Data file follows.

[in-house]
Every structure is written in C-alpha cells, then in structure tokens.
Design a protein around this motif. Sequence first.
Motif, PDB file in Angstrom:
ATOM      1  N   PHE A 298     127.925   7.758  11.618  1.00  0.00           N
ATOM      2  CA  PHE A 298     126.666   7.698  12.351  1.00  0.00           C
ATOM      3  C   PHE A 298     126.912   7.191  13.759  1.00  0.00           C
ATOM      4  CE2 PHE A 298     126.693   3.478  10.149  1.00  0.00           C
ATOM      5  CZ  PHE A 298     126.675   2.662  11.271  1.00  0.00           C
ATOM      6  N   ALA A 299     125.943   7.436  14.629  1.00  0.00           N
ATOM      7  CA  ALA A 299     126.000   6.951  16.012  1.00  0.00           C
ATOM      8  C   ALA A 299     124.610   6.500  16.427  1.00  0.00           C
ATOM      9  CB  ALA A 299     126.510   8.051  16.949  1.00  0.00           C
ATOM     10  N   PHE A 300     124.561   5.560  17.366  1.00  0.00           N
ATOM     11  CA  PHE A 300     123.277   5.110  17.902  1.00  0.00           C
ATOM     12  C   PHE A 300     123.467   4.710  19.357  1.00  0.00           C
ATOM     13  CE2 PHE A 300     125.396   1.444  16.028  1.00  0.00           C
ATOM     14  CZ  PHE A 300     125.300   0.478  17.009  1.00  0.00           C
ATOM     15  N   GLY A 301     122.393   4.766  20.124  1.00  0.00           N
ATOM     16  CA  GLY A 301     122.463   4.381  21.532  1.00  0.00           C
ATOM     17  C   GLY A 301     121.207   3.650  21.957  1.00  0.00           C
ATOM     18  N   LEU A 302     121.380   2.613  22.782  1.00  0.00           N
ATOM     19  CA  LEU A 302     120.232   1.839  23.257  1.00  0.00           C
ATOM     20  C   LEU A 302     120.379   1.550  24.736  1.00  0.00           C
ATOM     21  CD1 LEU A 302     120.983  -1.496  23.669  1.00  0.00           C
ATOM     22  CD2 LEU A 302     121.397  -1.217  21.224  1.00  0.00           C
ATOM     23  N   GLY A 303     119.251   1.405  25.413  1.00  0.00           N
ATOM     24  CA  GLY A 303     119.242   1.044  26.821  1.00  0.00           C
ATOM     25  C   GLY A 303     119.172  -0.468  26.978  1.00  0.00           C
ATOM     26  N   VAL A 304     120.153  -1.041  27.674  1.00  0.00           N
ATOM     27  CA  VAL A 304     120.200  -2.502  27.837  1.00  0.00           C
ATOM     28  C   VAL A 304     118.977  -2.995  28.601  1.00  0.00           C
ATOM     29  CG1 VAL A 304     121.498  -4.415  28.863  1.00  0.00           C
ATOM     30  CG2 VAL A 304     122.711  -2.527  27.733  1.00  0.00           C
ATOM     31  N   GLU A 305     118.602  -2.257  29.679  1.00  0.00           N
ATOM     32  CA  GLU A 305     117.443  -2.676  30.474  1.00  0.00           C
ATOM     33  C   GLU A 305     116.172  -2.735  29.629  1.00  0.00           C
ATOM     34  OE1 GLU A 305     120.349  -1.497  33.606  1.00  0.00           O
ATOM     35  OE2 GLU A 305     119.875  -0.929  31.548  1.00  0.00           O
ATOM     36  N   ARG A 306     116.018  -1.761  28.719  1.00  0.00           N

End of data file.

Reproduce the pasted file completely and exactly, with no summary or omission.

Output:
[in-house]
Every structure is written in C-alpha cells, then in structure tokens.
Design a protein around this motif. Sequence first.
Motif, PDB file in Angstrom:
ATOM      1  N   PHE A 298     127.925   7.758  11.618  1.00  0.00           N
ATOM      2  CA  PHE A 298     126.666   7.698  12.351  1.00  0.00           C
ATOM      3  C   PHE A 298     126.912   7.191  13.759  1.00  0.00           C
ATOM      4  CE2 PHE A 298     126.693   3.478  10.149  1.00  0.00           C
ATOM      5  CZ  PHE A 298     126.675   2.662  11.271  1.00  0.00           C
ATOM      6  N   ALA A 299     125.943   7.436  14.629  1.00  0.00           N
ATOM      7  CA  ALA A 299     126.000   6.951  16.012  1.00  0.00           C
ATOM      8  C   ALA A 299     124.610   6.500  16.427  1.00  0.00           C
ATOM      9  CB  ALA A 299     126.510   8.051  16.949  1.00  0.00           C
ATOM     10  N   PHE A 300     124.561   5.560  17.366  1.00  0.00           N
ATOM     11  CA  PHE A 300     123.277   5.110  17.902  1.00  0.00           C
ATOM     12  C   PHE A 300     123.467   4.710  19.357  1.00  0.00           C
ATOM     13  CE2 PHE A 300     125.396   1.444  16.028  1.00  0.00           C
ATOM     14  CZ  PHE A 300     125.300   0.478  17.009  1.00  0.00           C
ATOM     15  N   GLY A 301     122.393   4.766  20.124  1.00  0.00           N
ATOM     16  CA  GLY A 301     122.463   4.381  21.532  1.00  0.00           C
ATOM     17  C   GLY A 301     121.207   3.650  21.957  1.00  0.00           C
ATOM     18  N   LEU A 302     121.380   2.613  22.782  1.00  0.00           N
ATOM     19  CA  LEU A 302     120.232   1.839  23.257  1.00  0.00           C
ATOM     20  C   LEU A 302     120.379   1.550  24.736  1.00  0.00           C
ATOM     21  CD1 LEU A 302     120.983  -1.496  23.669  1.00  0.00           C
ATOM     22  CD2 LEU A 302     121.397  -1.217  21.224  1.00  0.00           C
ATOM     23  N   GLY A 303     119.251   1.405  25.413  1.00  0.00           N
ATOM     24  CA  GLY A 303     119.242   1.044  26.821  1.00  0.00           C
ATOM     25  C   GLY A 303     119.172  -0.468  26.978  1.00  0.00           C
ATOM     26  N   VAL A 304     120.153  -1.041  27.674  1.00  0.00           N
ATOM     27  CA  VAL A 304     120.200  -2.502  27.837  1.00  0.00           C
ATOM     28  C   VAL A 304     118.977  -2.995  28.601  1.00  0.00           C
ATOM     29  CG1 VAL A 304     121.498  -4.415  28.863  1.00  0.00           C
ATOM     30  CG2 VAL A 304     122.711  -2.527  27.733  1.00  0.00           C
ATOM     31  N   GLU A 305     118.602  -2.257  29.679  1.00  0.00           N
ATOM     32  CA  GLU A 305     117.443  -2.676  30.474  1.00  0.00           C
ATOM     33  C   GLU A 305     116.172  -2.735  29.629  1.00  0.00           C
ATOM     34  OE1 GLU A 305     120.349  -1.497  33.606  1.00  0.00           O
ATOM     35  OE2 GLU A 305     119.875  -0.929  31.548  1.00  0.00           O
ATOM     36  N   ARG A 306     116.018  -1.761  28.719  1.00  0.00           N